In July of 2018, Danielpour’s The Passion on Yeshua, a 100-minute passion oratorio in Hebrew and English, commissioned by the Oregon Bach Festival, the Buffalo Philharmonic, and the SDG Foundation, was premiered at the Oregon Bach Festival with JoAnn Faletta conducting. The work was then performed in December at Royce Hall in Los Angeles with the UCLA Philharmonia and Chorus led by music director Neal Stulberg and choral director James Bass. Finally, in April 2019, JoAnn Faletta lead the Buffalo Philharmonic Orchestra and Chorus in performances of The Passion of Yeshua, where it was recorded by Naxos. The album was released in March of 2020 to critical acclaim and is currently considered for three separate Grammys, including Best Contemporary Classical Composition.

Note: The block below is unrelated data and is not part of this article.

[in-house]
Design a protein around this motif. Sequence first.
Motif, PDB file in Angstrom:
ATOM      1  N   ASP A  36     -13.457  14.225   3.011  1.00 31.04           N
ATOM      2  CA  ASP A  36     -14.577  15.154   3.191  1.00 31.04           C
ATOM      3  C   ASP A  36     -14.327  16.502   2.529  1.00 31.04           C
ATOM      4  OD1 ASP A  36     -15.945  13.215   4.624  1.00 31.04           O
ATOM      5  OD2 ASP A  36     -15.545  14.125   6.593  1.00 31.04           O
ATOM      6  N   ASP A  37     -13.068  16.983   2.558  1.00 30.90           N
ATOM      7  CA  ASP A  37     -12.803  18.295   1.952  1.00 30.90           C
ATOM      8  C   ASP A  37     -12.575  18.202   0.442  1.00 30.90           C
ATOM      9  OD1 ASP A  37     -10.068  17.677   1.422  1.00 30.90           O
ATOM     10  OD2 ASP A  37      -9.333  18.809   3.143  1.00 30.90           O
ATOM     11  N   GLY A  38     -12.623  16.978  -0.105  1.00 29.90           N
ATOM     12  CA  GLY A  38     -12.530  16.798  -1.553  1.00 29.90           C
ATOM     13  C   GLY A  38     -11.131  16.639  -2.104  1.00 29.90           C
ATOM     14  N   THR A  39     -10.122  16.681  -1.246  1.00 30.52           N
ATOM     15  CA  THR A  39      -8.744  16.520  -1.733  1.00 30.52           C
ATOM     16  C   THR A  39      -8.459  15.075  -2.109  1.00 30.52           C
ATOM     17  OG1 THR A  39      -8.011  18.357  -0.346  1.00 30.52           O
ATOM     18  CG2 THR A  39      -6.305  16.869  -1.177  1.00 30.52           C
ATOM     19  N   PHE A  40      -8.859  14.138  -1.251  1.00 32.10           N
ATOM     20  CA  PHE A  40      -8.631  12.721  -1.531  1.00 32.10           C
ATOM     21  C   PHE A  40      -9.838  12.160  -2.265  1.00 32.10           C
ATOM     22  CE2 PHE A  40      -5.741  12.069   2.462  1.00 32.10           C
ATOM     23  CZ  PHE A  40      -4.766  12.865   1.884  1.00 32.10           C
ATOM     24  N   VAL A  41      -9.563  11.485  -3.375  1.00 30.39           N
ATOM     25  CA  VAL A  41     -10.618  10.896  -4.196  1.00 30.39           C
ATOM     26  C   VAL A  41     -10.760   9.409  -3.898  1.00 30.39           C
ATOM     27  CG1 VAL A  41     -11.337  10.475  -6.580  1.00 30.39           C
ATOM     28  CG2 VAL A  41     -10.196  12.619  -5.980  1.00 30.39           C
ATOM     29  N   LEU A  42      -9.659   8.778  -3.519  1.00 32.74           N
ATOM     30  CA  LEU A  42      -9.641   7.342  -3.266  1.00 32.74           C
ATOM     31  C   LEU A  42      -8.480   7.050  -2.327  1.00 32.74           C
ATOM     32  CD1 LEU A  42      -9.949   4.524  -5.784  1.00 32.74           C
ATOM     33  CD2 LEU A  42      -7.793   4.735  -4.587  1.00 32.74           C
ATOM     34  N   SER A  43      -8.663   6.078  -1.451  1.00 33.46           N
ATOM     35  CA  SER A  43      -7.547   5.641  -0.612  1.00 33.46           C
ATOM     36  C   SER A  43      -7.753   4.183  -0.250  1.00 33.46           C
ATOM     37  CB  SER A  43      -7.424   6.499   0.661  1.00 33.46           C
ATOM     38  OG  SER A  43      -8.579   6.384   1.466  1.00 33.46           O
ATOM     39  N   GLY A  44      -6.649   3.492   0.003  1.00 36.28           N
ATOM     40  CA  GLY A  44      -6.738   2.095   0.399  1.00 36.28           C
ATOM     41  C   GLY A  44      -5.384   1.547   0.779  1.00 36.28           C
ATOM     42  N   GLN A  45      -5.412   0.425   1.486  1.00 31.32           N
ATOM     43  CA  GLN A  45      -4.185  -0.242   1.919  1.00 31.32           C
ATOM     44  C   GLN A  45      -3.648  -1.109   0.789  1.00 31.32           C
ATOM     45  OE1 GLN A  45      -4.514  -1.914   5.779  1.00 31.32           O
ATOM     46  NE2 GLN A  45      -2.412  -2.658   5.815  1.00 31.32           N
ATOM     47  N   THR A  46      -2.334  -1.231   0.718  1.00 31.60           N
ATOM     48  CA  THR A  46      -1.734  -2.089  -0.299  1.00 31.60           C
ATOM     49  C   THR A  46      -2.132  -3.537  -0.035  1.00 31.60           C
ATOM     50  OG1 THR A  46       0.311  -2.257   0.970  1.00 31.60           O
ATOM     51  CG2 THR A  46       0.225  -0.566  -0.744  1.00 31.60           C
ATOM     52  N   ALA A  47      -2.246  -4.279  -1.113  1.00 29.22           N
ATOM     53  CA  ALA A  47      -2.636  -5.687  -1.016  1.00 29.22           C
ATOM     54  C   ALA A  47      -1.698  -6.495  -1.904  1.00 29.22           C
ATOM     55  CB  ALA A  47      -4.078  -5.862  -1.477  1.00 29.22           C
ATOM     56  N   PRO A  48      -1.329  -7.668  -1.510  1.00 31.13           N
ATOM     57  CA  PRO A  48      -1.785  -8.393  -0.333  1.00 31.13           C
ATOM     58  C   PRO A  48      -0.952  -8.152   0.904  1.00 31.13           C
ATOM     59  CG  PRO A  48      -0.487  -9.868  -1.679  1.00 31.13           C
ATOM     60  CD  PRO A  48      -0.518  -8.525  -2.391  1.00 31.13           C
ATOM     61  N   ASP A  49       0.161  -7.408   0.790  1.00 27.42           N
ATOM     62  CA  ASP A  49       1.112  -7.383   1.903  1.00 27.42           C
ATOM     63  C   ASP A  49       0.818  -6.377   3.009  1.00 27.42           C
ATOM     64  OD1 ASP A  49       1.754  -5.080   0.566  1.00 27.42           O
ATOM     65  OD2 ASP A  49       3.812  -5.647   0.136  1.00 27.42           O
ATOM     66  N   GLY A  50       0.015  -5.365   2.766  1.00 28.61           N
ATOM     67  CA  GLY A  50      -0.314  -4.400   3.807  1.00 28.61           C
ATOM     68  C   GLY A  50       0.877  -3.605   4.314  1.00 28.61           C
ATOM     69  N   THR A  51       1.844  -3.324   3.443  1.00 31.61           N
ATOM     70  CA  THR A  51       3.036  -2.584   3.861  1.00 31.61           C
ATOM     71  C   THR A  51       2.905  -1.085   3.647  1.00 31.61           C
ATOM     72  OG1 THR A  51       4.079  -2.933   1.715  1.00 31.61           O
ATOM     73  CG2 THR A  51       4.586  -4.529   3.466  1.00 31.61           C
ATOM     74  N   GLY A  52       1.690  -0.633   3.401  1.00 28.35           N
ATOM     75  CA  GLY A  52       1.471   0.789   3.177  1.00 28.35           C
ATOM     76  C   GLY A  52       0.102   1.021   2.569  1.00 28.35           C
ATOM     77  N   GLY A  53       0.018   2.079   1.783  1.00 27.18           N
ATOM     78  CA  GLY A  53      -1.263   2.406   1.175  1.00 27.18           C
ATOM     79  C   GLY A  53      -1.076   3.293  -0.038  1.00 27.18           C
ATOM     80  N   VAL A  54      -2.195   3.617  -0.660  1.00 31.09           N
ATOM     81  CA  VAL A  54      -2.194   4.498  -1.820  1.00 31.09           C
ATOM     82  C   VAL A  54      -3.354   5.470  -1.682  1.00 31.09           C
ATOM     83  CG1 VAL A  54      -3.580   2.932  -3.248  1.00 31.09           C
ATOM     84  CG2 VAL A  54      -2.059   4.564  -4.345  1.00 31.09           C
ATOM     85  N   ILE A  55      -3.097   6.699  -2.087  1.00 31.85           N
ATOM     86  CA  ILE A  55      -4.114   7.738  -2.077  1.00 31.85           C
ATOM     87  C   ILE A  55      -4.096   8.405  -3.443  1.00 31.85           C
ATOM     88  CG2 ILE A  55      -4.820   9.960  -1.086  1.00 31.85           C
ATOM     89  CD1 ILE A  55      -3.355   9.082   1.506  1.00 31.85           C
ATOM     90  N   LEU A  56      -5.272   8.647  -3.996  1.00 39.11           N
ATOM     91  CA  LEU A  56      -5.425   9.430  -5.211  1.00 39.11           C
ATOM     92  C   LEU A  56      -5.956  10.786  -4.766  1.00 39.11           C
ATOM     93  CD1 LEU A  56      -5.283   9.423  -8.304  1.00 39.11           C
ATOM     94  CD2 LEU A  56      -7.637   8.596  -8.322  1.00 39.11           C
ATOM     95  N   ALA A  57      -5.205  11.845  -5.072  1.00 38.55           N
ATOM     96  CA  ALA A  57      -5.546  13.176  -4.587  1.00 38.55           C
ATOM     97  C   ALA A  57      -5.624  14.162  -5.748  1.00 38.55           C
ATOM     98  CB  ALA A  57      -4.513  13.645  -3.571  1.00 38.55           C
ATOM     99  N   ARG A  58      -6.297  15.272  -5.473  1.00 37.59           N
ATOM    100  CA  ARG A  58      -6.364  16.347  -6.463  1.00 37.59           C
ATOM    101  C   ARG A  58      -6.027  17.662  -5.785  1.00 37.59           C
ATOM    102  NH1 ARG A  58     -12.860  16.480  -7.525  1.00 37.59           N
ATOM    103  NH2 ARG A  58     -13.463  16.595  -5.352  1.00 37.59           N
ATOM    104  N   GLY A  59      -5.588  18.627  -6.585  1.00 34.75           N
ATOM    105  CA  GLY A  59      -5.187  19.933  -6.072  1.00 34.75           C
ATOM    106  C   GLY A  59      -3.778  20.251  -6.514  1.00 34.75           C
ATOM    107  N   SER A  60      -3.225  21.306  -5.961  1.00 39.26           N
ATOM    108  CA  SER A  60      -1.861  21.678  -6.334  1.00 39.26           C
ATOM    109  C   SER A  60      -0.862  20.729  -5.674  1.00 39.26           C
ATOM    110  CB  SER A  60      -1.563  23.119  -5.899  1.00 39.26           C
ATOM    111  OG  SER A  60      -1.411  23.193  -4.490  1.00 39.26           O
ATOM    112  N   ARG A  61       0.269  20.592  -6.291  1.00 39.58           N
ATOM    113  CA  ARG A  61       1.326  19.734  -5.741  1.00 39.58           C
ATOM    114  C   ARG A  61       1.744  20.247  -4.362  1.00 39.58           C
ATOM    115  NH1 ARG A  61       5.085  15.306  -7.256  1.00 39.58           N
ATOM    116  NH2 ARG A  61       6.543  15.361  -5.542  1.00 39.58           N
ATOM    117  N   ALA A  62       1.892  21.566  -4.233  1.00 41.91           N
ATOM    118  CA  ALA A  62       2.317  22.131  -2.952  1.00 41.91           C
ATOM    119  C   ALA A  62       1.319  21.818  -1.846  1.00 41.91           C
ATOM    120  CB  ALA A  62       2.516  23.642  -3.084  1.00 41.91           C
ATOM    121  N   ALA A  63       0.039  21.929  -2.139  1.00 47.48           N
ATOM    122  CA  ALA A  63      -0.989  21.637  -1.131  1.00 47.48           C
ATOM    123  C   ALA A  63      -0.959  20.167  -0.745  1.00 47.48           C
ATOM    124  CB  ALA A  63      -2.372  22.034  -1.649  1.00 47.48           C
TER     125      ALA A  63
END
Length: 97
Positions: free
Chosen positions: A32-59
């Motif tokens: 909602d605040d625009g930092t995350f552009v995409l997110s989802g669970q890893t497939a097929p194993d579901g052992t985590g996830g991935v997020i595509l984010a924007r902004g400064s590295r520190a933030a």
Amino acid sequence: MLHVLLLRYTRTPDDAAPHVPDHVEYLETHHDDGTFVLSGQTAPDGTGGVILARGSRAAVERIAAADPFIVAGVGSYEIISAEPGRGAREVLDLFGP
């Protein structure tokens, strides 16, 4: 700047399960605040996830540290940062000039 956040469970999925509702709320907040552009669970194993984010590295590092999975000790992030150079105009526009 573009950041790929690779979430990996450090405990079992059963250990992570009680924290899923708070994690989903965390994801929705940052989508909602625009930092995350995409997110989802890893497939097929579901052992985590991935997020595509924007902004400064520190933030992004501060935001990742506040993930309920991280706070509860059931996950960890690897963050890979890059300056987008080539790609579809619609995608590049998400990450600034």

This year will see new and innovative works, the most significant of them being A Standing Witness, a series of 14 songs which are settings of poems written by celebrated poet Rita Dove. Composed for mezzo-soprano Susan Graham and Music from Copland House, this one-hour work which witnesses the last 50 years of our American history will be premiered in several cities beginning in the summer of 2021. 

Danielpour is one of the most recorded composers of his generation; many of his recordings can be found on the Naxos of America and Sony Classical labels. Danielpour's music is published by Lean Kat Music and Associated Music Publishers.